A University of Queensland discovery has deepened our understanding of the genetic mutations that arise in different tissues, and how these are inherited.
Researchers from UQ's Queensland Brain Institute, led by Dr Steven Zuryn, found the rates of genetic mutations in mitochondrial DNA vary across differing tissue types, with the highest rate occurring in reproductive cells.
"Mitochondria are known as the cell's power plant - they are found in all animal and human cells - and in humans they generate about 90 per cent of the body's energy from the food we eat and the oxygen we breathe," Dr Zuryn said.
"In addition to regular DNA, which is contained in the nucleus, each cell also contains DNA in the mitochondria.
"Mitochondrial DNA is only passed down from the mother's side, and transmits the genetic information from one generation to the next."
The team studied the transparent roundworm (C. elegans), which shares about 60-80% of the same genes as humans, to shed light on the importance of mechanisms regulating the frequency of gene mutations in different cells and organs.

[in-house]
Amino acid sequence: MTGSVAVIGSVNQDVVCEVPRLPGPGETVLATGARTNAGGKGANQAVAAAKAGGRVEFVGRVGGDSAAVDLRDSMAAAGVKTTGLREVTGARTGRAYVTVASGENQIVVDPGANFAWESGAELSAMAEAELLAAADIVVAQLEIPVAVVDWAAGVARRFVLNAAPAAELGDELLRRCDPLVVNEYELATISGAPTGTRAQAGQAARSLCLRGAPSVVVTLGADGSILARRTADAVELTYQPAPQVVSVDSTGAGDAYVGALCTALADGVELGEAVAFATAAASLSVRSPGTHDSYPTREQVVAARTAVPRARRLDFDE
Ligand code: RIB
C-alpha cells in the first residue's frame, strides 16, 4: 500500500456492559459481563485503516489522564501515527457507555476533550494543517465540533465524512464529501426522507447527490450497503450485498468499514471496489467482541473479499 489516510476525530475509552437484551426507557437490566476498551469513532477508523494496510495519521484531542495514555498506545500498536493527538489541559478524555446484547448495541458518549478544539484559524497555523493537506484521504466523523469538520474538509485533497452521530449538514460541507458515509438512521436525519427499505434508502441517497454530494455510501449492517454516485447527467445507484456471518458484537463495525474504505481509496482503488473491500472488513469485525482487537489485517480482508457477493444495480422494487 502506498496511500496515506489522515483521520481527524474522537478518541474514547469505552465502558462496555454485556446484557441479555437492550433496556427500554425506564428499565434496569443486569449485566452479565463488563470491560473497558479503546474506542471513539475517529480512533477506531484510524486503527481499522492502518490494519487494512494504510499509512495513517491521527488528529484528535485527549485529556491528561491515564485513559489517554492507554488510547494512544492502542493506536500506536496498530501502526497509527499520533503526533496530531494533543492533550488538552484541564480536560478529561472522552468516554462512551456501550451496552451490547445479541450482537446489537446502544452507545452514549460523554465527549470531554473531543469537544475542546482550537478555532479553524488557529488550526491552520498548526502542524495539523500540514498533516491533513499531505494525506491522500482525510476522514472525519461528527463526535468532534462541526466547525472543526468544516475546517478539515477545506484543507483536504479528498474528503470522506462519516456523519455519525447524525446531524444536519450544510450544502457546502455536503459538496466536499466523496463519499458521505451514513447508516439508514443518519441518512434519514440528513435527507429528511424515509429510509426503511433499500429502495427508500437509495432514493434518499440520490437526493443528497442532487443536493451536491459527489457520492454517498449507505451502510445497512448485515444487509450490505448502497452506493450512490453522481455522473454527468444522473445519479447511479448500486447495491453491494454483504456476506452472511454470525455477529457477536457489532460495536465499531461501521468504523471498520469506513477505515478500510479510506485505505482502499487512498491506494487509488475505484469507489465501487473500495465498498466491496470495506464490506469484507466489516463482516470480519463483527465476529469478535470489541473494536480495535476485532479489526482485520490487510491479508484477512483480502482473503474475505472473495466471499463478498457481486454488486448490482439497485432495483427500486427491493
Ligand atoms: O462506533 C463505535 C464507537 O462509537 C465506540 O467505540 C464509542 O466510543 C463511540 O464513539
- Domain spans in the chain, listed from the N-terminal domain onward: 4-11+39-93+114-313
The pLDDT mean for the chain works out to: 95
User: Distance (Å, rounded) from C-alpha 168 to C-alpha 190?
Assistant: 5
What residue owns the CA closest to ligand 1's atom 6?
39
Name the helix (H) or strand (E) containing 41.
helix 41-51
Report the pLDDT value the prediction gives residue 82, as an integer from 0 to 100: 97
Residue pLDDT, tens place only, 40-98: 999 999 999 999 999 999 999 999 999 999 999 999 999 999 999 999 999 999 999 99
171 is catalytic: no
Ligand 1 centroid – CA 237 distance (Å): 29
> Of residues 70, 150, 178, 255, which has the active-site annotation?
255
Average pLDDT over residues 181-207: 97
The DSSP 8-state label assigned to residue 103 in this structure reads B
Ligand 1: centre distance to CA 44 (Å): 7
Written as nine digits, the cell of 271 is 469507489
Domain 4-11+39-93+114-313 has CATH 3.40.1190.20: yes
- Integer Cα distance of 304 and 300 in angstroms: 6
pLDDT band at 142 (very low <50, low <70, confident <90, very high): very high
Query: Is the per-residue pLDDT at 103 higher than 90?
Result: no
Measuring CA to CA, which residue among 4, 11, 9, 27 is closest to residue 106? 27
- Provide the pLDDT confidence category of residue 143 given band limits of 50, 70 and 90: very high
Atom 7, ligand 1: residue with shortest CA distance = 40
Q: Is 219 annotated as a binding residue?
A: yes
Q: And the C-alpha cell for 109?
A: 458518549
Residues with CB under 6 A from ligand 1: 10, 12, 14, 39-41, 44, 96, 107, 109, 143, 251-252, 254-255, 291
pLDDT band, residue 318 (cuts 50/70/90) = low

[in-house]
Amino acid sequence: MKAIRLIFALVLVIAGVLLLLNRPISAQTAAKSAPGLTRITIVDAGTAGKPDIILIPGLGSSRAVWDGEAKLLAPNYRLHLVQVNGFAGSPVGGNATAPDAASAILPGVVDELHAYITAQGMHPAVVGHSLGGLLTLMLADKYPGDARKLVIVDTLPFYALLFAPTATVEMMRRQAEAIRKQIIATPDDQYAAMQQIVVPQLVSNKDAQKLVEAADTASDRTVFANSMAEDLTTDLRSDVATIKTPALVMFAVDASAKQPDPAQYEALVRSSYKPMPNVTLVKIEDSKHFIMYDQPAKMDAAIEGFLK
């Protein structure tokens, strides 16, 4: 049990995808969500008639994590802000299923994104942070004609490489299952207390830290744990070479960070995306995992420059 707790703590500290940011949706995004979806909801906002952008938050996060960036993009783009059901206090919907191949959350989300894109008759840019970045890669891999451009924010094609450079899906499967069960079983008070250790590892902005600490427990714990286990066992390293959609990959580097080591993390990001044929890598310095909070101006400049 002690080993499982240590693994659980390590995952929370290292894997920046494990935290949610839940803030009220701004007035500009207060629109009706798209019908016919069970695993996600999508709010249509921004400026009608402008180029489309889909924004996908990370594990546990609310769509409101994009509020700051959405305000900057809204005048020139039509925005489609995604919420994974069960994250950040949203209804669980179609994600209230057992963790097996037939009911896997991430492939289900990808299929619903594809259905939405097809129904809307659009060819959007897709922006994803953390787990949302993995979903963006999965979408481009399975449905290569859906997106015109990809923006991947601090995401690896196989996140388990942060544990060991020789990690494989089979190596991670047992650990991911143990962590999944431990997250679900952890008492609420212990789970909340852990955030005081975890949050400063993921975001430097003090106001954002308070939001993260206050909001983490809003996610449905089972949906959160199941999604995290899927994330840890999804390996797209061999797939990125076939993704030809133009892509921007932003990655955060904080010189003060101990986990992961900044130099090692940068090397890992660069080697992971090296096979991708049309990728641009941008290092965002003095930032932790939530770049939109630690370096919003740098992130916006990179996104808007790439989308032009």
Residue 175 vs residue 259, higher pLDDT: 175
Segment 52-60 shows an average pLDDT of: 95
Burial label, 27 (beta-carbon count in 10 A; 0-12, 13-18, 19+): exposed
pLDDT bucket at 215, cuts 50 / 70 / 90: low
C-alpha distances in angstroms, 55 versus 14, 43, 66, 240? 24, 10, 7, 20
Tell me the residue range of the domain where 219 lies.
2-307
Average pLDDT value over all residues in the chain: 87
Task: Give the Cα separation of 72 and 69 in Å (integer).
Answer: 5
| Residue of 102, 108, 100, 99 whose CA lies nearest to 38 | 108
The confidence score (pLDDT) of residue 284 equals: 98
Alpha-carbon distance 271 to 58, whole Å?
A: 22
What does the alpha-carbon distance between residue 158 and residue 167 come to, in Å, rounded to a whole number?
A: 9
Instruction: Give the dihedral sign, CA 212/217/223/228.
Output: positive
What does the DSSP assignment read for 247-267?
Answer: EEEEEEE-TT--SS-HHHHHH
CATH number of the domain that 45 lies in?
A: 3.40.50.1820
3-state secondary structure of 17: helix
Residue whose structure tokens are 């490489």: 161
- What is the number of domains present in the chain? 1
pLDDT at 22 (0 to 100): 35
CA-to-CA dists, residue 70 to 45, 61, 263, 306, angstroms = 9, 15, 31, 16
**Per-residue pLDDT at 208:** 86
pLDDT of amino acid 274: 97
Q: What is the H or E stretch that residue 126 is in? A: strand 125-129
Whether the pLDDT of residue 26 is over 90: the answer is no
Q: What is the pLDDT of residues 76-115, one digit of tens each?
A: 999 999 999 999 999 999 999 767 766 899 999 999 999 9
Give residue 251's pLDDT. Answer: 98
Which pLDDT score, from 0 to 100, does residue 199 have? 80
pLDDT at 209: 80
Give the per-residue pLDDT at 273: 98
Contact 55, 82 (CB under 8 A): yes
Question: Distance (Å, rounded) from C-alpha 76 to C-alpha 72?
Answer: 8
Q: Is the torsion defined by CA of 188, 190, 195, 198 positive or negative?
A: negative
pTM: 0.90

"C. elegans and humans share very similar mitochondria, and it is a useful organism as we can genetically tease apart the mechanisms of what is happening at a cellular level," he said.
The researchers developed an exceptionally pure method of isolating mitochondria from specific cells in the body to study them in detail.
"We now suspect that there is a mechanism in all animals that can filter out these mutations before they are passed to future offspring, which could otherwise cause a multitude of diseases affecting the brain," Dr Zuryn said.
In humans, mutations in mitochondrial DNA can cause rare but devastating diseases, especially in organs such as the brain, which relies heavily on mitochondria for energy.
The study is published in Nature Cell Biology.
Explore further: How incurable mitochondrial diseases strike previously unaffected families
Affinity purification of cell-specific mitochondria from whole animals resolves patterns of genetic mosaicism, Nature Cell Biology (2018). nature.com/articles/doi:10.1038/s41556-017-0023-x